OLJ: I believe that’s the beginning to the end of violence against our community. To humanise their stories so when people watch our lives on screen, they can empathise with trans people when they see trans people on the street, at their work, at their church, wherever they run into trans people because we’re everywhere. They won’t have this gut reaction of violence, they will think twice. And we haven’t been taught that, we’ve been told for so long in the media that we are less than human, as you know.

MB: What has it been like working with the incredible Janet Mock?

OLJ: She inspires me. It’s really great to have another trans person in the writer’s room with you. Two out of five people in this writer’s room are trans, so when you have two out of five people sharing their stories, you’re more likely to make that story as authentic and real. There’s a shared experience, and that is really so enriching for a room.

MB: And working with Ryan Murphy, how has that been?

OLJ: He’s incredible. I don’t know how he does it, he is so busy with all of his shows and yet when you’re with him, he’s so present. There’s nothing else that’s happening except for what’s in that room, in that moment. He’s been so inspiring with his humanitarianism as well. He’s very passionate about HIV and AIDS advocacy, and a lot of the work he’s produced in the last few years has reflected that. Also, he was an out gay man when gay men weren’t out, and so he was on the frontline battling for our community in Hollywood, having meetings behind closed doors with powerful executives and standing up for LGBTQ people.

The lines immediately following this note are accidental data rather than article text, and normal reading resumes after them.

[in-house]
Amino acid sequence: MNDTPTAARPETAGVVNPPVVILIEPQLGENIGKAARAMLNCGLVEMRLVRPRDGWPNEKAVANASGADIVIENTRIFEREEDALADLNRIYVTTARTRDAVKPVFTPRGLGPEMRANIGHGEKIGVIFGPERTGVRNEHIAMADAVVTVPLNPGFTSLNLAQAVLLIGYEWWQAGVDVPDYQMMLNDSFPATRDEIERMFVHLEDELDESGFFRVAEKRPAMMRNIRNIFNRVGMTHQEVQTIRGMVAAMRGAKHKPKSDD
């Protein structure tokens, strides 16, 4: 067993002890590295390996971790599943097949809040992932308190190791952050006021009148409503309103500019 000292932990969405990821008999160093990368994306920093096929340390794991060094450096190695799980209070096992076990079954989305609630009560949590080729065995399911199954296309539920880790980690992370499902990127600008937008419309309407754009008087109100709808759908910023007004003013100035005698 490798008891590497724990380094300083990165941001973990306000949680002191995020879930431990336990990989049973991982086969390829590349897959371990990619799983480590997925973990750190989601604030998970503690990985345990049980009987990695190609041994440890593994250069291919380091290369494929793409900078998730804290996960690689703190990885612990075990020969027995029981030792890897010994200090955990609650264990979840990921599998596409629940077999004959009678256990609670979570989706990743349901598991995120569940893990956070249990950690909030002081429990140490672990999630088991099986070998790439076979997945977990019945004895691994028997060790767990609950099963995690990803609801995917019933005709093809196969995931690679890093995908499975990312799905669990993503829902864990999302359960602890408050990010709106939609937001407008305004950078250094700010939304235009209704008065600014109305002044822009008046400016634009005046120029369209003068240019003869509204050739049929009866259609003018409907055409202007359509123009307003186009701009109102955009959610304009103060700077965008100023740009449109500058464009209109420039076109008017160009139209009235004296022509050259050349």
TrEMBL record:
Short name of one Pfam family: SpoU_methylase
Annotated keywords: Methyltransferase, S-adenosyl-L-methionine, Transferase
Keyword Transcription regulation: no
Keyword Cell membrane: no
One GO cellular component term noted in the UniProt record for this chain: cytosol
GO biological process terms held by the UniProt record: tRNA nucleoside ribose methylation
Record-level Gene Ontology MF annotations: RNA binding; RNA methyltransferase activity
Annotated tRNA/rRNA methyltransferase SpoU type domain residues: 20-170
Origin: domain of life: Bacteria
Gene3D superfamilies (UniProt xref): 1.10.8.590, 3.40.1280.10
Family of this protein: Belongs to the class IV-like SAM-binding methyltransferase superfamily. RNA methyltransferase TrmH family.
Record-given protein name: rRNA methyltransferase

Our Lady J wears sunglasses by Gigi Hadid x Vogue Eyewear; sheer top by S-Team; dress by Jay Godfrey; hoisery by Falke

MB: Can you tell us anything about season two of Pose?

OLJ: Well, you can expect more fashion, more drama. Elektra is of course going to have more bitchy one-liners that will be turned into memes by children on the internet. And we move forward a year, we’re skipping to 1989. So some things have changed in the characters’ lives, and I can’t really get into the details of it, except we’re going even further into HIV/AIDS activism, and what that’s like for all of our characters. They’re in the middle of a plague here, and they didn’t know how the plague is going to end. The plague still hasn’t ended, but at least we’ve seen the course with medication now, and it’s no longer terminal if you have access to medication. We have the hindsight these characters didn’t, so we’re really diving into that.